Where does your baby’s personality come from?

Calm or high-energy? Curious or reserved? Your child is born with their own temperament. But nothing is written in stone. While genetics are important, everything your child experiences, sees, and hears can influence them and contribute to building their character and personality, little by little.


One of a kind

From the moment your baby is born, they have their own way of reacting to situations and expressing their needs. Their temperament quickly becomes evident!

By Nathalie Vallerand

From the moment your baby is born, they have their own way of reacting to situations and expressing their needs. Their temperament quickly becomes evident!

A child’s temperament determines how they react and adapt to various situations, express and regulate their emotions, and interact with others. In short, the way your baby behaves depends largely on the temperament they were born with.

And since temperament is present from birth, it’s partly genetic. Every child’s temperament is unique.

Brothers Eliot and Zack are a good example of this. Eliot, who is 5, was a quiet baby who cried a lot and rarely smiled. “It was more difficult to connect with him,” their mother Émilie recalls. “He was born an old soul.” Zack, now 3, was a more expressive baby. He cooed a lot and smiled at anything.

Today, Zack is an adventurous little boy who loves to discover new things and finds it hard to stay put. Eliot is as serious as ever. He’s affectionate, calm, attentive, and a little shy. He also has a great attention span. The two brothers are proof of how each temperament comes with its own strengths and challenges, depending on the situation.

Your child’s temperament

Experts don’t always use the same words to explain the concept, but generally speaking, there are two defining aspects to a child’s temperament:

1- Reactivity

For example, how a child reacts to new things (food, places, people, activities, objects, etc.) is one aspect of their temperament. Are they happy, unsure, or cranky when they encounter novelty?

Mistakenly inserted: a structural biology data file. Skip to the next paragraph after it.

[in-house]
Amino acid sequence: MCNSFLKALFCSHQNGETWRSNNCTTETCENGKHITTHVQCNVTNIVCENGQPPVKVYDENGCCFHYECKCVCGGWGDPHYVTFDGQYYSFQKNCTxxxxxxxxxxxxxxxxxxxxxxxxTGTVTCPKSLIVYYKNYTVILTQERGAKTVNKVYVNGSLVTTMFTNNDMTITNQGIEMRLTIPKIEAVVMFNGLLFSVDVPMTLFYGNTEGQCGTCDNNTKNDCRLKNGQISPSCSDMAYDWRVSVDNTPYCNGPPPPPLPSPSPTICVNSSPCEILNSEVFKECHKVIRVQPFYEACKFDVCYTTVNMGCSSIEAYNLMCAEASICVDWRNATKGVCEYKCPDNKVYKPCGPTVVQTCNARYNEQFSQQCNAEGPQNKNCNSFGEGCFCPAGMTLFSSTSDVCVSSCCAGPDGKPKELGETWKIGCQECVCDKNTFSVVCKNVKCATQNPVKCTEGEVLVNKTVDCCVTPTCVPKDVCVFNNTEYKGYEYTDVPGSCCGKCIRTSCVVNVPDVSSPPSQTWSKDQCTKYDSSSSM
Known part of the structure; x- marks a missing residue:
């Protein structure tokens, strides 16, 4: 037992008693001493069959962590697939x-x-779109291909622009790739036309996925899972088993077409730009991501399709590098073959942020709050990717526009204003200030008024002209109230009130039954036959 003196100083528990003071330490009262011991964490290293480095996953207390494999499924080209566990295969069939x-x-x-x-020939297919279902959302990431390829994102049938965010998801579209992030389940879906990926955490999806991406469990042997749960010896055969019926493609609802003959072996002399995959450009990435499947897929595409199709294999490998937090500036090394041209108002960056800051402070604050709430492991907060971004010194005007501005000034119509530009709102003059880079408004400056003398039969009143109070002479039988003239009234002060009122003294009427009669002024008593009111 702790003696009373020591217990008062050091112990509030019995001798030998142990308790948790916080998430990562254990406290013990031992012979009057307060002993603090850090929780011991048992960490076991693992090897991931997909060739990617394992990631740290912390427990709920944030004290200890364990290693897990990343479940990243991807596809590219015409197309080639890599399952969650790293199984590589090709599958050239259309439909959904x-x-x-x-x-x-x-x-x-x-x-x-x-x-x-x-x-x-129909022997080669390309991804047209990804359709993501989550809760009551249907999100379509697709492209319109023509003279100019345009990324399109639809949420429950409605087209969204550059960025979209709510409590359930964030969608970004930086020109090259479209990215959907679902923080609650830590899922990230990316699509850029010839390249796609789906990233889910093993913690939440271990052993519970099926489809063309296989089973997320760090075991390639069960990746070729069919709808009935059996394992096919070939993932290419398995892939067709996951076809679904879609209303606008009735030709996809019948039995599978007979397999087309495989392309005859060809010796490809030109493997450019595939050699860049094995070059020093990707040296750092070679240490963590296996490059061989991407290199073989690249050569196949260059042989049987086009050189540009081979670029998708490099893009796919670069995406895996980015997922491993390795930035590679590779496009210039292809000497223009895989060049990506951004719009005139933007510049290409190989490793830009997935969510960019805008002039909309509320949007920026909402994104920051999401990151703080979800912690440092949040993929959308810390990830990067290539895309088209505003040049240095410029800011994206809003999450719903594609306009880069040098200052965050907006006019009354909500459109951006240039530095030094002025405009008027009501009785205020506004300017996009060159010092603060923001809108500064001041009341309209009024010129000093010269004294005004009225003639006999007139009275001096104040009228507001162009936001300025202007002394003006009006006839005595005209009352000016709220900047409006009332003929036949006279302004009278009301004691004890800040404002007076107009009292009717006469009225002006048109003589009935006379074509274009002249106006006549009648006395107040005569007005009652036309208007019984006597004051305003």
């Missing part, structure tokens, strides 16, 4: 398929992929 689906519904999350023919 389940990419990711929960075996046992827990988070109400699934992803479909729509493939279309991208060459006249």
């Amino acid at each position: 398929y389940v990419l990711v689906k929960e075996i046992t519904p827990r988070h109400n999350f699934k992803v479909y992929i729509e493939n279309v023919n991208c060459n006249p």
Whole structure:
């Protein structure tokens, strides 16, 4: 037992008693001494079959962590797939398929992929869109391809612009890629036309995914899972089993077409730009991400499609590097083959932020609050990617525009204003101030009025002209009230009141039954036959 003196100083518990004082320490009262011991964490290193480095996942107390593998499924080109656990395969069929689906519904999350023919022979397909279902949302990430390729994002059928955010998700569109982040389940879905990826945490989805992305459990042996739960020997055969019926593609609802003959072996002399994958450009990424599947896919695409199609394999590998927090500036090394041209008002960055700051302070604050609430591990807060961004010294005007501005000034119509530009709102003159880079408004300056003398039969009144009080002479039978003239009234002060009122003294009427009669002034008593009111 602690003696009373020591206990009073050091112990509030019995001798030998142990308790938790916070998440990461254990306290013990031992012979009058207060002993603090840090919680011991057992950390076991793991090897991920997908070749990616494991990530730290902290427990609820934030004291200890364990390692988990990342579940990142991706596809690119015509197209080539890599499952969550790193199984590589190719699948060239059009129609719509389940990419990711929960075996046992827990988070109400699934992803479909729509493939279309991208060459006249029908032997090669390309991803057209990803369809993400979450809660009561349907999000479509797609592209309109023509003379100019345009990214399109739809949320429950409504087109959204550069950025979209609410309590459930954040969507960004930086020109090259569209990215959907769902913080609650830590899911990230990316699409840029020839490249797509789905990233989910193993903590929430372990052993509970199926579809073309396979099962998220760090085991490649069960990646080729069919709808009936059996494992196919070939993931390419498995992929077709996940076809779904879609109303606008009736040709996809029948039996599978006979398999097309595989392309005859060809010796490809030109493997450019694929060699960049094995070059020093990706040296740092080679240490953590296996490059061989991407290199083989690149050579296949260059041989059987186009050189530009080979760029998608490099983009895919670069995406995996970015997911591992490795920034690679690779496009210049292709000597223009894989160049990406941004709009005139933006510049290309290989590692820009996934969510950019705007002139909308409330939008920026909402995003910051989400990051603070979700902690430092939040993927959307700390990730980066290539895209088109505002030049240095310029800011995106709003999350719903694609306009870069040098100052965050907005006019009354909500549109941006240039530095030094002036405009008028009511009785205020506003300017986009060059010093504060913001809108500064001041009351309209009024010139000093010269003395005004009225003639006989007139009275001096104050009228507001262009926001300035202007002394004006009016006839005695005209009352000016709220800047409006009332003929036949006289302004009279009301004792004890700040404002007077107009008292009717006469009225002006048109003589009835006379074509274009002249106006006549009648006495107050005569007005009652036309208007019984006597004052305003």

The ability to adapt to change also factors into the equation. Some babies adjust quickly, while others need more time. Finally, their moods are also a reflection of their temperament. Some children smile more and tend to be cheerful. Others express more difficult emotions, such as sadness, irritability, and anger.

2- Impulse control

This is a child’s ability to self-regulate, or control their behaviours, emotions, and thoughts when faced with different situations. Examples of self-regulation include resisting the temptation to touch a forbidden object, doing something they don’t really want to do, or staying still when in a public place.

It also involves their ability to concentrate and pay attention to something. For example, when your child is doing an activity that requires concentration, are they easily distracted by noises or their surroundings? Or can they remain focused for long stretches of time? Do they have trouble following rules? Their ability to control their impulses will continue to develop throughout early childhood.

Can temperament be influenced by external factors?

Ten-month-old Loïc is generally in a good mood and is always happy to discover new things. “When we take him to new places, he smiles and fidgets for us to let him go and explore,” says his dad, Jean-Sébastien.

Despite being so young, Loïc is already beginning to control some of his impulses. For example, his parents let him play with their cell phone, but they don’t let him put it in his mouth. “Recently, he’s started holding it near his mouth and looking at me, like he’s gauging my reaction,” his mother, Rachel, says.

Loïc’s temperament and the way his parents care for him influence each other. For example, research has shown that parents find it easier to be affectionate with children who are generally cheerful and follow the rules.

This reaction is understandable, since “parents of children with easy temperaments feel rewarded in a way for the care they provide,” explains Catherine Ruth Solomon Scherzer, Honorary Professor in the Department of Psychology at the Université de Montréal.

Conversely, children with more demanding temperaments (who cry a lot or throw tantrums) can discourage parents or make them more impatient. This is also a normal response, as parents can find demanding temperaments more challenging.

Even when a child’s reactions and behaviours are difficult, it’s important to remember that their temperament isn’t set in stone and doesn’t determine their future. Studies have shown that by adopting a positive attitude, parents can help their little ones improve their temperament.